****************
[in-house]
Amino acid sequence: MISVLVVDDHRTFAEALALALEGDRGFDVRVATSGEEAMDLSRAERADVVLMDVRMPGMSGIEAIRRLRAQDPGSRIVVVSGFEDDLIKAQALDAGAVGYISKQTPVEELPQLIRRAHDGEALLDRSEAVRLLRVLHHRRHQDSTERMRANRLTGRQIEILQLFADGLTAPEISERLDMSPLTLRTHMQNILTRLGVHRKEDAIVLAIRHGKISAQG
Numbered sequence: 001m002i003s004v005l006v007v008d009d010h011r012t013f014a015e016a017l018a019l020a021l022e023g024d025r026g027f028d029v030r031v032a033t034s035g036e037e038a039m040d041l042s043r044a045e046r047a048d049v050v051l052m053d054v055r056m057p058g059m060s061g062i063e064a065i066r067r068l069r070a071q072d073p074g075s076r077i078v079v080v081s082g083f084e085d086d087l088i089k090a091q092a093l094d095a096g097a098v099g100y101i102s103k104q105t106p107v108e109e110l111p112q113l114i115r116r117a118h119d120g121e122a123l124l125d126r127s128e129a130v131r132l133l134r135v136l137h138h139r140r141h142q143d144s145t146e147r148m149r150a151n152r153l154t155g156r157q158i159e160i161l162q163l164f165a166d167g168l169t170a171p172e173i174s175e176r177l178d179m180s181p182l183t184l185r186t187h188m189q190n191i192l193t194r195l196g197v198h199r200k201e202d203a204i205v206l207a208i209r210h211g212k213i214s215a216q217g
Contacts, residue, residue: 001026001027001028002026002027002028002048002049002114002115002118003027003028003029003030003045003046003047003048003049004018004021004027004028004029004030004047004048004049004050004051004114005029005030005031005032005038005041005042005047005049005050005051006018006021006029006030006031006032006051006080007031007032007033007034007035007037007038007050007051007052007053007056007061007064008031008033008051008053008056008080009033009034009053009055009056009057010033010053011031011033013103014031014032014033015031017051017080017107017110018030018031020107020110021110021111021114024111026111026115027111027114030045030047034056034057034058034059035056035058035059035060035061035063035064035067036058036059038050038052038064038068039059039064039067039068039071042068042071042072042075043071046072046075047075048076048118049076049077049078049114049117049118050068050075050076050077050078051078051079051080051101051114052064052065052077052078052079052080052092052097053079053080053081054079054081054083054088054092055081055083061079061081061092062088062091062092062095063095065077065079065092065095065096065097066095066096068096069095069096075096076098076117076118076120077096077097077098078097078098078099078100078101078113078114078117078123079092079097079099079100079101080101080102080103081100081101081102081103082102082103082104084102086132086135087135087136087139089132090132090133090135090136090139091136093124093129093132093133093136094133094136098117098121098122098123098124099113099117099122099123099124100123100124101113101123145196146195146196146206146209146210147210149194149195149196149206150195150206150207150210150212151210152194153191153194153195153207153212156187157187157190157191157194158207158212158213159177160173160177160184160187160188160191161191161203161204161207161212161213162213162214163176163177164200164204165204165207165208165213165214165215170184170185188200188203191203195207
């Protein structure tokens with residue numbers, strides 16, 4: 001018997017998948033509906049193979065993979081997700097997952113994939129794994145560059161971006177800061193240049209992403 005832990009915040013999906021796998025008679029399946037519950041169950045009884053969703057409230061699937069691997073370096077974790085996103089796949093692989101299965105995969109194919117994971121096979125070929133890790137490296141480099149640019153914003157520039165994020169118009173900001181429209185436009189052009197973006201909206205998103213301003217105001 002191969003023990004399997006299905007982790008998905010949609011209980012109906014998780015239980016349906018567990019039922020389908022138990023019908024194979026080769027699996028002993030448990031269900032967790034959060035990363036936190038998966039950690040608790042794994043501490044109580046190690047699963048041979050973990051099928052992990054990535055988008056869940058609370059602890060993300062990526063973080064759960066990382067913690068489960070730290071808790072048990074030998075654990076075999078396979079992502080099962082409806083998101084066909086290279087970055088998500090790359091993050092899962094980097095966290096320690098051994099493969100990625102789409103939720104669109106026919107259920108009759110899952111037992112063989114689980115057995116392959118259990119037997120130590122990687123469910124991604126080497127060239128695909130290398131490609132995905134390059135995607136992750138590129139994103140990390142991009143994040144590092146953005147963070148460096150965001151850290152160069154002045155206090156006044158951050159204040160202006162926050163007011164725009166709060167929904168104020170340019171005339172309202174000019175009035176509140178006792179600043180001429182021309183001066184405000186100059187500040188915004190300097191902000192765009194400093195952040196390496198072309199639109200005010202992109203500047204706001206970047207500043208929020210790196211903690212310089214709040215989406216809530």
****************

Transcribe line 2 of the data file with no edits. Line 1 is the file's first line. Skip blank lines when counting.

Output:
Amino acid sequence: MISVLVVDDHRTFAEALALALEGDRGFDVRVATSGEEAMDLSRAERADVVLMDVRMPGMSGIEAIRRLRAQDPGSRIVVVSGFEDDLIKAQALDAGAVGYISKQTPVEELPQLIRRAHDGEALLDRSEAVRLLRVLHHRRHQDSTERMRANRLTGRQIEILQLFADGLTAPEISERLDMSPLTLRTHMQNILTRLGVHRKEDAIVLAIRHGKISAQG